I also have elevated levels of glycine, which I thought might be because of decreased synthesis of glutathione due to a lack of cysteine (I have very low homocysteine), but maybe the increased intake of glutamic acid also increased glutathione levels which led to detox...

    Your info is very valuable to me and has given me a lot to research and think about - thank you
     
    Mary likes this.
  9. Mary

    Mary Senior Member

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    Yep - glutamic acid can be converted to glutamine: http://www.aminoacid-studies.com/amino-acids/glutamine-and-glutamic-acid.html It is possible you have been having a detox reaction, but of course it could be something else too.

    I'm afraid I don't know anything about elevated glycine though it's quite possible someone else on the board might - you could do a separate post about high glycine and see if you get some answers.

    I have low homocysteine too. I take n-acetyl-cysteine because my doctor told me to and I've read it's important but I can't give you the chemistry on it, but it is supposed to help with glutathione production and also help the liver.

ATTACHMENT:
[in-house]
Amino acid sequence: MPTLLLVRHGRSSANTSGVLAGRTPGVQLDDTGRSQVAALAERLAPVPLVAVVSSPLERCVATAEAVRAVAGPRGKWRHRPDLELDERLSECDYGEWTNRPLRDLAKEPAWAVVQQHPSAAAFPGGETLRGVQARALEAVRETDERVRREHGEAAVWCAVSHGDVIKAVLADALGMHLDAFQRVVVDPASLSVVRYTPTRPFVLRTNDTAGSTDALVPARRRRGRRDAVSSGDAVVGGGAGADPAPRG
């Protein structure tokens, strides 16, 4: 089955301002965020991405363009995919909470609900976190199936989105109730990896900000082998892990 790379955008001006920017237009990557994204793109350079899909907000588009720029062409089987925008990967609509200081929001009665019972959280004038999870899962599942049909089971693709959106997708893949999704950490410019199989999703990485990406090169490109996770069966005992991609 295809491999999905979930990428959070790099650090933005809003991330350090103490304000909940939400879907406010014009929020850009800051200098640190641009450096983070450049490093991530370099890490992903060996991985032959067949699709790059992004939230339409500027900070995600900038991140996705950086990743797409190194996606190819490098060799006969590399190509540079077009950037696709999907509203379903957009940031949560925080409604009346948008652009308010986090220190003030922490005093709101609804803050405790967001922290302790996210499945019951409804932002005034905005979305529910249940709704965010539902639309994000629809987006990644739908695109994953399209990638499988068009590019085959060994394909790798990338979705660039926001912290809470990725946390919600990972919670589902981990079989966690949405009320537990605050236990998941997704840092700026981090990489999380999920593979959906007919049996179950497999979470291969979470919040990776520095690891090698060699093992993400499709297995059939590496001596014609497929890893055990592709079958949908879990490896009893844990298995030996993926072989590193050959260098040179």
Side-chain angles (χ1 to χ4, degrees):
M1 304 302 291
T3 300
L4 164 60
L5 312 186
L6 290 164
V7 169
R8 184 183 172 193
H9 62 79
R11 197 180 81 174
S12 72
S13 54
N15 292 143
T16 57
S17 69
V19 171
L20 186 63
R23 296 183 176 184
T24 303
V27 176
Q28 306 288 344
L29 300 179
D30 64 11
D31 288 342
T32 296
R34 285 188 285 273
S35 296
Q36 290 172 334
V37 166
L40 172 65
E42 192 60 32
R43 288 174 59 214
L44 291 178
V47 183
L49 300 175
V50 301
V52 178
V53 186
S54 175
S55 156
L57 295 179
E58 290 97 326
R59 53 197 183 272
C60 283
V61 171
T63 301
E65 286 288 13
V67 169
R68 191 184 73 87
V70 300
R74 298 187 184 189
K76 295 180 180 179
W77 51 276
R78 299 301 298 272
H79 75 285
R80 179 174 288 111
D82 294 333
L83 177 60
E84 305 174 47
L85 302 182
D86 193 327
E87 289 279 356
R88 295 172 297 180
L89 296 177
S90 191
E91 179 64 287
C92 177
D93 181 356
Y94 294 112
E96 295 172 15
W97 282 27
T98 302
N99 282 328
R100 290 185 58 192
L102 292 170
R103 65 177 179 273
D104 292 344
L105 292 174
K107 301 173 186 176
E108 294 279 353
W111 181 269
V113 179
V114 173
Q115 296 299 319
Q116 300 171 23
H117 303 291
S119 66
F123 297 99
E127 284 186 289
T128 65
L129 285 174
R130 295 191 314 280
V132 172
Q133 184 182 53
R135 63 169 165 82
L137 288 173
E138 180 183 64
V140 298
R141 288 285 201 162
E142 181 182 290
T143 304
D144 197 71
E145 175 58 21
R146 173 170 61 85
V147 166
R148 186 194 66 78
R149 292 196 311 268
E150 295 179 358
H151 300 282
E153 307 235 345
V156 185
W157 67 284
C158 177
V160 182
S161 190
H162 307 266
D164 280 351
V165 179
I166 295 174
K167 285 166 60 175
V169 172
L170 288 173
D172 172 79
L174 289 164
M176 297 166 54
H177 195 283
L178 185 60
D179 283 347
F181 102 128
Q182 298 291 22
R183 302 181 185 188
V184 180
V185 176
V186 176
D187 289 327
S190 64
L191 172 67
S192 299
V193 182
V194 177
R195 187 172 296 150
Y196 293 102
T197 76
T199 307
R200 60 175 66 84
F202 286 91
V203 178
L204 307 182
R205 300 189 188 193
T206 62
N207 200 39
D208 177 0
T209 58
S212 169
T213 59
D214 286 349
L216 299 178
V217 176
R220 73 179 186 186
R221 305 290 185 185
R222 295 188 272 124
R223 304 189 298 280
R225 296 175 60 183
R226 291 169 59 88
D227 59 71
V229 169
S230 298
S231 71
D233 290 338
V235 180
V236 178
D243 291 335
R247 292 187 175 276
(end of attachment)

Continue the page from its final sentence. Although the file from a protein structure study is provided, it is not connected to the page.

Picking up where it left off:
I don't know if the increased intake of glutamic acid increased glutathione which may have led to detoxing, or whether it's just glutamine's role in detoxing which may have caused your symptoms (or something else altogether :confused:) - You are right, there is a lot to research! :sluggish: Everything seems connected - good luck, I hope you get some answers! :nerd:
     
  10. ljimbo423

    ljimbo423 Senior Member

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    If the protein powder you were taking is micro-filtered or un-denatured, it has a highly bio-available form of cystine (not cysteine) in it. Cystine dramatically raises glutathione and is considered one of the best ways to increase glutathione in the body.